Best tablets for kids: LeapFrog LeapPad, Arnova ChildPad, Fisher Price iPad case
The LeapPad was one of the most in-demand toys of Christmas 2011, and its successor, the LeapPad 2, inevitably builds on that. From the start, it’s very clear that the manufacturer knows its audience. As this isn’t an iOS or Android device, LeapFrog has full control over what it allows its users to do.
It’s packaged in a bright case, with mounted controls, and it will run off AA batteries (it chews through them surprisingly quickly). There’s a built-in camera on the LeapPad, with a pair of them on the LeapPad 2. The price is modest – now under £50 for the first-generation device. There are also excellent educational programs available for the LeapPad range, which you purchase via an app download or a cartridge.
The sting is the cost of that software. Cartridges retail for £20 apiece, with apps from £3.50 to much more than £10. You may save money on the hardware, but if you’re planning on using a tablet in the long term, LeapFrog stands a sporting chance of parting you from much more money than that £50. That said, it’s one of the few devices designed from the ground up with very young children in mind, and it ties hardware and software together particularly well as a welcome consequence of that.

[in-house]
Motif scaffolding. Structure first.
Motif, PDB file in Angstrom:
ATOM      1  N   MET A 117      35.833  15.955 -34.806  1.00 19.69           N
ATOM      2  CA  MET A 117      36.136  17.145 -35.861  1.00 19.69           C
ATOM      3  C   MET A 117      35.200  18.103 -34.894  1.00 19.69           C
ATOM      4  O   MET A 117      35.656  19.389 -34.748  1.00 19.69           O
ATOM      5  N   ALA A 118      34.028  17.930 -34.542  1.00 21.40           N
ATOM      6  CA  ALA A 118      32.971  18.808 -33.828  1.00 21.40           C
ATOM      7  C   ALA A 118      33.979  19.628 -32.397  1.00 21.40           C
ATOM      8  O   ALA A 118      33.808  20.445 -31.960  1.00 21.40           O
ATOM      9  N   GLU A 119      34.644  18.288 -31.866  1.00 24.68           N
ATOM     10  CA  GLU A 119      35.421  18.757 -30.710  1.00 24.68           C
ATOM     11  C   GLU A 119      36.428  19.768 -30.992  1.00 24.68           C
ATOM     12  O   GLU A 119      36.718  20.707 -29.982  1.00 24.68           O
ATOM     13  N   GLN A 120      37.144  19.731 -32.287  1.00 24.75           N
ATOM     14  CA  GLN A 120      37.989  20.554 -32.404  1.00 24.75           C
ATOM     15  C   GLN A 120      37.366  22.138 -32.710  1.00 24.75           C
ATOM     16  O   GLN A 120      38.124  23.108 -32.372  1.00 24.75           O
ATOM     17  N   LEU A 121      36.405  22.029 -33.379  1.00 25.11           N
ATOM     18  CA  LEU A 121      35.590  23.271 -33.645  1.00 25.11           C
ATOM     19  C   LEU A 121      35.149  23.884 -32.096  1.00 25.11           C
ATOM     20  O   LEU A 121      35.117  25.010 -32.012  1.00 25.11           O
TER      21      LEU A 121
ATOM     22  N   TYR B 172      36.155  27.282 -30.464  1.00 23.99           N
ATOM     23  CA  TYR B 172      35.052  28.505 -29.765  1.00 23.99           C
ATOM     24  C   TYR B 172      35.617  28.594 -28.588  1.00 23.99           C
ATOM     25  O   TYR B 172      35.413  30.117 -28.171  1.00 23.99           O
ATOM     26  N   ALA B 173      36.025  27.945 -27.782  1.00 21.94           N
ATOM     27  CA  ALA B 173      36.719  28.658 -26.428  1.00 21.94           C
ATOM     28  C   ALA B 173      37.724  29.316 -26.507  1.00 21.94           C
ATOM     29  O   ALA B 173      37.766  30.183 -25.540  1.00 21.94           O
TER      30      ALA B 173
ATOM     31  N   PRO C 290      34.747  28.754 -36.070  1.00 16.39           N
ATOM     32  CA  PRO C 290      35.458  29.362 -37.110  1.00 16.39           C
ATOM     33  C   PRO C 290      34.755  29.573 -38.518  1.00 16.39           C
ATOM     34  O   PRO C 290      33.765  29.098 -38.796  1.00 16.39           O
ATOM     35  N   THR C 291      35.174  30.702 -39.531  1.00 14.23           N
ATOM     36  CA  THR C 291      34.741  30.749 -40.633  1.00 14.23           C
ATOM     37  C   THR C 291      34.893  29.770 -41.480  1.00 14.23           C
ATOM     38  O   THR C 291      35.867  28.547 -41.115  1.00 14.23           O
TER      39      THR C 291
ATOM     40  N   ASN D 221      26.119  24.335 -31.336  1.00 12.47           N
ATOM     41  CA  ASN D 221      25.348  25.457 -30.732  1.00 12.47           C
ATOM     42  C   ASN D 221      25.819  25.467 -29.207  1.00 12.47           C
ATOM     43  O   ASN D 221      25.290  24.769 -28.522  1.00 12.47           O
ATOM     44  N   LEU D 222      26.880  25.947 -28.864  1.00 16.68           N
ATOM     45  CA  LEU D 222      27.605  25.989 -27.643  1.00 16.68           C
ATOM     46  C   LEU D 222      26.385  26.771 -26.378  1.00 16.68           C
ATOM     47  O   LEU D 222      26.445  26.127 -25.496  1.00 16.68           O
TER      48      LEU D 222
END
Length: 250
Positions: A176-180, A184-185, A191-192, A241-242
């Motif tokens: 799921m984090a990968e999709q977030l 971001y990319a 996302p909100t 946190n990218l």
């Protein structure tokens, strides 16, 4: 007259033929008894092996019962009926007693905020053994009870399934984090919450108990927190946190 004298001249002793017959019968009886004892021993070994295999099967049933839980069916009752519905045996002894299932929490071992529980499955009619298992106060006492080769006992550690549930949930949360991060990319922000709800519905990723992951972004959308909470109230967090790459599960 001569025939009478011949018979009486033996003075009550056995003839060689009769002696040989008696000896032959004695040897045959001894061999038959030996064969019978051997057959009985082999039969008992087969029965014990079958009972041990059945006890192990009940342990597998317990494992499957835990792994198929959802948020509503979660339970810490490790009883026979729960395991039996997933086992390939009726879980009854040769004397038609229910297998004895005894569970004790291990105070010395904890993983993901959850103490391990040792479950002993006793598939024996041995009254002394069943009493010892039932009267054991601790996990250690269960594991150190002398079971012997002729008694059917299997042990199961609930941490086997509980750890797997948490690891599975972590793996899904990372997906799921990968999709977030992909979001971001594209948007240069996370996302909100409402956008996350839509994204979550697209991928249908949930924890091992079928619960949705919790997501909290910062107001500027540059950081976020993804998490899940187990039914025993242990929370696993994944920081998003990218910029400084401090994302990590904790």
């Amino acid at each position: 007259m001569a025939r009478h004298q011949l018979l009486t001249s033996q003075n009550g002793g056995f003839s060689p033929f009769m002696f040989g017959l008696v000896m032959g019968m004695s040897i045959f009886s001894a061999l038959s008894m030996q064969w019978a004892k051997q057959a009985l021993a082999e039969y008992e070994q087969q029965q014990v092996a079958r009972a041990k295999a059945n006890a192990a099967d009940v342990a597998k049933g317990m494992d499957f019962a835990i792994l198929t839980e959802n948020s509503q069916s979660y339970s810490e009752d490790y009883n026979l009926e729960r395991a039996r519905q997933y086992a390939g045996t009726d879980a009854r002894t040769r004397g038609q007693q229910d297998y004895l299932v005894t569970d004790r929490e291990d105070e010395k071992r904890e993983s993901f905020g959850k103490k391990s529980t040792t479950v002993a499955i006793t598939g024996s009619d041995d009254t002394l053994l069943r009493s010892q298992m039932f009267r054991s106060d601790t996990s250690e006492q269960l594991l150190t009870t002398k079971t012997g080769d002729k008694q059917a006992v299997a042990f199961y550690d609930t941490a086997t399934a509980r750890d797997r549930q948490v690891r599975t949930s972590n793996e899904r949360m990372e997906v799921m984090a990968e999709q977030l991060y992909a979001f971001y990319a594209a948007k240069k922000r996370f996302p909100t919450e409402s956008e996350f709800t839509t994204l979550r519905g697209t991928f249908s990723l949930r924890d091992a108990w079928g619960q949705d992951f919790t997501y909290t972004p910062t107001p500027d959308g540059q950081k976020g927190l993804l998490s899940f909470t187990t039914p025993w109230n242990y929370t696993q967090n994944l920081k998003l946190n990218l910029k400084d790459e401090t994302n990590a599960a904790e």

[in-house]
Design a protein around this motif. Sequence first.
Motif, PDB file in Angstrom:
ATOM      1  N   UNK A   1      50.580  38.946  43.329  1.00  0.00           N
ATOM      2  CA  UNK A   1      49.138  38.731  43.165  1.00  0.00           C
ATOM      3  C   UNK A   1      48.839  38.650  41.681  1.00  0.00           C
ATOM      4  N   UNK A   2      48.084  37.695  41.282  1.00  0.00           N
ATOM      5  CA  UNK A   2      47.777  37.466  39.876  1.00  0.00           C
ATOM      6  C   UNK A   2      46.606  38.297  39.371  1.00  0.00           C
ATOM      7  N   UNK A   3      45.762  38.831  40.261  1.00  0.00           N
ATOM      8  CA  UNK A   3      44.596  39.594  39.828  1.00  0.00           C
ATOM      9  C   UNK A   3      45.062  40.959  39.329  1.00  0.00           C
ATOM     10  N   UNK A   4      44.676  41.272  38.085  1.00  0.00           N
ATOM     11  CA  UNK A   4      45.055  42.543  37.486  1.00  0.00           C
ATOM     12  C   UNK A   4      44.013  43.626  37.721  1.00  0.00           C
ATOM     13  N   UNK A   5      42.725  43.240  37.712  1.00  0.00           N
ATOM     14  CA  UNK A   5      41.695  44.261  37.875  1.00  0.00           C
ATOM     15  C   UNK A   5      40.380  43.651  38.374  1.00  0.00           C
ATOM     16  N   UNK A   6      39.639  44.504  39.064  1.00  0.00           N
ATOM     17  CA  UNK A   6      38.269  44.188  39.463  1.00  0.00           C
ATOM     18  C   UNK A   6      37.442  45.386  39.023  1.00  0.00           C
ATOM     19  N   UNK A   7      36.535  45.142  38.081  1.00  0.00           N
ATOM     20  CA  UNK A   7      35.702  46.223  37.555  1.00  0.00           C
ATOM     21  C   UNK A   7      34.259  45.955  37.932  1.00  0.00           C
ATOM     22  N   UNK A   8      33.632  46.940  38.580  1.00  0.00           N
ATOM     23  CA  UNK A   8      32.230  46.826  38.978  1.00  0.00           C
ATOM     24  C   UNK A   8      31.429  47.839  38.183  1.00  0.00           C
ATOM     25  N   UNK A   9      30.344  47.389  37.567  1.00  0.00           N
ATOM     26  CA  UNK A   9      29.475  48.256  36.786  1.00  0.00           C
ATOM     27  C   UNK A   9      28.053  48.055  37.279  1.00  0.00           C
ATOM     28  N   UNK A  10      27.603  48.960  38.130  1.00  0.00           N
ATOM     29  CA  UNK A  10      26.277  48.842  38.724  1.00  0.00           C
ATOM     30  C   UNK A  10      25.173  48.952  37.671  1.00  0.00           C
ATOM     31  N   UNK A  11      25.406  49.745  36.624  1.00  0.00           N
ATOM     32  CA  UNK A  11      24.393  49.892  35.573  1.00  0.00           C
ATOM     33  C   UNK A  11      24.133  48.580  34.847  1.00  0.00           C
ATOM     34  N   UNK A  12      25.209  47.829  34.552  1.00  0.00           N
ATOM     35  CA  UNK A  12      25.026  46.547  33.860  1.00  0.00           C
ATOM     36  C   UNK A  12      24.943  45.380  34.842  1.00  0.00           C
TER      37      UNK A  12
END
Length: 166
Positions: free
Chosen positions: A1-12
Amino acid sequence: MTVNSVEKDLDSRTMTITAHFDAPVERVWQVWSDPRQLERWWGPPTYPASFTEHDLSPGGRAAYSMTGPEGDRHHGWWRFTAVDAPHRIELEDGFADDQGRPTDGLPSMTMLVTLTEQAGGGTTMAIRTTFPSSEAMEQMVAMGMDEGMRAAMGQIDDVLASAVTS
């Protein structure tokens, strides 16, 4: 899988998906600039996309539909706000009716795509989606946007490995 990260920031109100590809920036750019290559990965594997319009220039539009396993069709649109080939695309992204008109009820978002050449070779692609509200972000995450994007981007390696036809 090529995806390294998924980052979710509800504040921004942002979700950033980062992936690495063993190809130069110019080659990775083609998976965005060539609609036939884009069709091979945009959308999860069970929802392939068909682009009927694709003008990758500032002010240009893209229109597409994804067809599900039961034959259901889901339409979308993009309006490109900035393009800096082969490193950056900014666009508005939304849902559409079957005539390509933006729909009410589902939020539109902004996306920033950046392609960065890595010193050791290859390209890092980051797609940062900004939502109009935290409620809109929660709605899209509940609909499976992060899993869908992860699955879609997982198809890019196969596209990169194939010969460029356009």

Selling for just under £100 and preloaded with Android 4, the Arnova ChildPad announces itself as a “tablet for kids” on the front of its fairly basic box. Its specification isn’t much to get excited about – a 1GHz processor, 1GB of RAM and 4GB of storage – but the software it’s looking to run is relatively modest too.
We had a mixed experience with the ChildPad. Setting it up for the first time, it’s clear that it’s little more than a standard Android tablet with some brightly coloured backgrounds and bundled apps to appeal to its intended audience. Be aware that the home button is active, and the Google logo at the top brings up a web-facing search screen; no attempt has been made to lock down the device.
The apps are middling. A picture-matching game kept our four-year-old volunteer content, although it kept crashing. Further titles were keen to direct us to the app’s Facebook page, or try to sell additional content. A free cartoon was bundled, too, although we suspect the star attraction – and the product boasts this on the box – is the inclusion of Angry Birds.
The ChildPad isn’t terrible. The biggest problem, outside of the low-quality screen, is the navigation buttons being permanently onscreen and active. Our young volunteer frequently found herself looking at puzzling menus when she just wanted to sort her pictures. Furthermore, selling something as a tablet for kids when it still needs work from the parent to make it child-friendly is a questionable approach.
The Fisher Price iPad option
There’s an element of “if you can’t beat ’em…”, but accepting that many parents have resigned themselves to their youngsters using their iPad, Fisher Price has targeted them with a cunning product. Entitled the Laugh & Learn Apptivity Case, it both protects an iPad, and, through use of suitably garish colours, makes it even more attractive to a toddler.
There’s a range of free apps, and they’re recommended for users six months and older. Apple will be pleased…